Twenty-two people, including eight women and two children were killed and a further 28 injured after one of the worst train disasters in living memory, which happened on this day in 1948.
The smash happened after a Royal Mail train hurtled into the back of an express train, which had been stopped on the track.
A spokesman for British Railways said the train had stopped after an unknown passenger pulled an emergency cord. At 6.25pm, the mail train from Glasgow to London ran into the back of it, causing both to derail.
Those living nearby heard a loud bang and described it as ‘like a bomb going off’.
In other news, thieves who stole a 1cwt safe from a Hunslet goods yard returned employment and insurance cards which were kept within it. They dragged the safe from its stand out of the front door of the business, Bayford and Co, Ltd.
A taylor who lived above his shop in Cross Gates was woken at 1am after a thief threw a brick through his window and stolen half a suit.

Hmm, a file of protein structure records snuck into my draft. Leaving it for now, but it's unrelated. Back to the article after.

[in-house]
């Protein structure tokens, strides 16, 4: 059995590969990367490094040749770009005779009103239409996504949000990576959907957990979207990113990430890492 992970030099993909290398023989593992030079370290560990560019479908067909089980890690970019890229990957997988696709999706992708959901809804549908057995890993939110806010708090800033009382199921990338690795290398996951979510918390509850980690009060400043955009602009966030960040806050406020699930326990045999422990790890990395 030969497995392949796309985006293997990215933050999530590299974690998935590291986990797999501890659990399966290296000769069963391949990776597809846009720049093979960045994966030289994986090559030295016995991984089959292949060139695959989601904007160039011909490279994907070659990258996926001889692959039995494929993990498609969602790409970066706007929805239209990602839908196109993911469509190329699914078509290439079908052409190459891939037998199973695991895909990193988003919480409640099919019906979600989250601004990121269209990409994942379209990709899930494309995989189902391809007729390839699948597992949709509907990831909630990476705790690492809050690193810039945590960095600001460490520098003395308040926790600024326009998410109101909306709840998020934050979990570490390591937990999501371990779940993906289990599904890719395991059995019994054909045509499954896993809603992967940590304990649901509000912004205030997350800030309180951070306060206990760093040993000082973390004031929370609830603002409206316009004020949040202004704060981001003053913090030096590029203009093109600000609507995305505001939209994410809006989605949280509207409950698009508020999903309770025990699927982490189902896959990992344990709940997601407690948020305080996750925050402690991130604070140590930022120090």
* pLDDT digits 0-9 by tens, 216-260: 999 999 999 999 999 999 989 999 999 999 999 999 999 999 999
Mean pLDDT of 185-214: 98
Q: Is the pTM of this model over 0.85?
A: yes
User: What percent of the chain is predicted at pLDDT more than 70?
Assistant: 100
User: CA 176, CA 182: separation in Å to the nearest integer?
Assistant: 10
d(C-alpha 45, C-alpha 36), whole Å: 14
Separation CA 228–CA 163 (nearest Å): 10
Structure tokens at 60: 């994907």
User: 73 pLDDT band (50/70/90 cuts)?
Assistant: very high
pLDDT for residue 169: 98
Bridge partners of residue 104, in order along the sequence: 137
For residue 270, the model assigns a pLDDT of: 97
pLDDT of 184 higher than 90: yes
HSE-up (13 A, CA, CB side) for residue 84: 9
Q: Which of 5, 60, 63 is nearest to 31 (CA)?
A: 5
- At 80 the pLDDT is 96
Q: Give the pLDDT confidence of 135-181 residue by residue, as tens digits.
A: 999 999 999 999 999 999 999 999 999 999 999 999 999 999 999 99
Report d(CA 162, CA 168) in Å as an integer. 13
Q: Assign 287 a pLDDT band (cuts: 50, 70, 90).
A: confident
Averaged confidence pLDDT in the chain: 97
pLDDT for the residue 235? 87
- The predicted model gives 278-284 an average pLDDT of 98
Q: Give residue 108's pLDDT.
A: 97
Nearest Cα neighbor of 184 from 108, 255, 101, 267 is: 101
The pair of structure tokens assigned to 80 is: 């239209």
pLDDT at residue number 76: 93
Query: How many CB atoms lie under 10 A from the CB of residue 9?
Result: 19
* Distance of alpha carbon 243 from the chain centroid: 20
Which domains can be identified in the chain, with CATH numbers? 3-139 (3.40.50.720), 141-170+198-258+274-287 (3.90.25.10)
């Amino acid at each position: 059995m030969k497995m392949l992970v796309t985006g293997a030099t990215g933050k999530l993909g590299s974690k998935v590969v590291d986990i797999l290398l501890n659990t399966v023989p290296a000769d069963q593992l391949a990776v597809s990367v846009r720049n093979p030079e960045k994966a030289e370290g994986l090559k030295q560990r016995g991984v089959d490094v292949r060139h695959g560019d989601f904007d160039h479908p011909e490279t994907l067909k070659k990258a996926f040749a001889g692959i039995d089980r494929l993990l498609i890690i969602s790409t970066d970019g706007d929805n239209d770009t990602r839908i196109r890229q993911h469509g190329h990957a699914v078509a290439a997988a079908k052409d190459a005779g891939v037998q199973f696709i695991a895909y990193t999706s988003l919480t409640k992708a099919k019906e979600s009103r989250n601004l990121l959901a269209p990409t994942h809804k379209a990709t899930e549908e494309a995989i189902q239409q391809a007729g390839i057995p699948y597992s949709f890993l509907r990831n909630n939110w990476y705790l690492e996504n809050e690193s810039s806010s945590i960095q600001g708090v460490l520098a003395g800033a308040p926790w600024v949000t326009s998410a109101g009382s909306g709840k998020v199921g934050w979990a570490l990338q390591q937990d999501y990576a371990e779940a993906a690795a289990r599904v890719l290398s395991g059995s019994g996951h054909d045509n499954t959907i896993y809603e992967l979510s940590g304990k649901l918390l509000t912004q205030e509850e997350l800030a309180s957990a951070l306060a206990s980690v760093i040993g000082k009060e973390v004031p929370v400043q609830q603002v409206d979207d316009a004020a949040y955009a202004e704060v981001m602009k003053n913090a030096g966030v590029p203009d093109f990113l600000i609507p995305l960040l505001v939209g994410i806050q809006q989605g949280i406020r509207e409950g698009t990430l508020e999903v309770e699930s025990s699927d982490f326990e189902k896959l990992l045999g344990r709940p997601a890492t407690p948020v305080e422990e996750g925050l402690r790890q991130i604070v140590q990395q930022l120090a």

The sound alerted a police officer who happened to be just around the corner at the time and made the 100 yard dash but found the thief gone.
Owner Ralph Batty, said: “I was awakened to the crash just before 1am. When I went downstairs a policeman was already on the scene.”
He added the suit had become tangled and the thief unable to remove the trousers.
After having his window repaired and not without a sense of humour, Mr Batty placed the brick in the display, along with a note which read: “Will the client who exchanged half a suit for this brick please call at the police station where it will be exchanged for a complete suit (broad arrow design)?”